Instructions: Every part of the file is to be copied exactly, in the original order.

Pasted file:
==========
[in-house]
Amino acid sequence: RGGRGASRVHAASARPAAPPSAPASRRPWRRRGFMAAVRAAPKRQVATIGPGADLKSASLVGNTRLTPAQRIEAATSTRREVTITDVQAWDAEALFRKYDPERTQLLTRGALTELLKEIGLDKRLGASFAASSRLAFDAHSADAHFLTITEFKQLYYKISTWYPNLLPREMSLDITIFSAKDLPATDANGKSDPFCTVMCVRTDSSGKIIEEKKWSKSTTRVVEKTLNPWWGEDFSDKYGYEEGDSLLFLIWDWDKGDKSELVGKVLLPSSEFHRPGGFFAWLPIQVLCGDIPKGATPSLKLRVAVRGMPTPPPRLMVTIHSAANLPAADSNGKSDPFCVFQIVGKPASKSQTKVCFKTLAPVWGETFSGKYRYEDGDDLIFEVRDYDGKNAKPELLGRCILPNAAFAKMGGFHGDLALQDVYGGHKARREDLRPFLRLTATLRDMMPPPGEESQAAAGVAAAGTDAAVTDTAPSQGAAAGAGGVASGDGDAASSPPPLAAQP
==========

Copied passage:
[in-house]
Amino acid sequence: RGGRGASRVHAASARPAAPPSAPASRRPWRRRGFMAAVRAAPKRQVATIGPGADLKSASLVGNTRLTPAQRIEAATSTRREVTITDVQAWDAEALFRKYDPERTQLLTRGALTELLKEIGLDKRLGASFAASSRLAFDAHSADAHFLTITEFKQLYYKISTWYPNLLPREMSLDITIFSAKDLPATDANGKSDPFCTVMCVRTDSSGKIIEEKKWSKSTTRVVEKTLNPWWGEDFSDKYGYEEGDSLLFLIWDWDKGDKSELVGKVLLPSSEFHRPGGFFAWLPIQVLCGDIPKGATPSLKLRVAVRGMPTPPPRLMVTIHSAANLPAADSNGKSDPFCVFQIVGKPASKSQTKVCFKTLAPVWGETFSGKYRYEDGDDLIFEVRDYDGKNAKPELLGRCILPNAAFAKMGGFHGDLALQDVYGGHKARREDLRPFLRLTATLRDMMPPPGEESQAAAGVAAAGTDAAVTDTAPSQGAAAGAGGVASGDGDAASSPPPLAAQP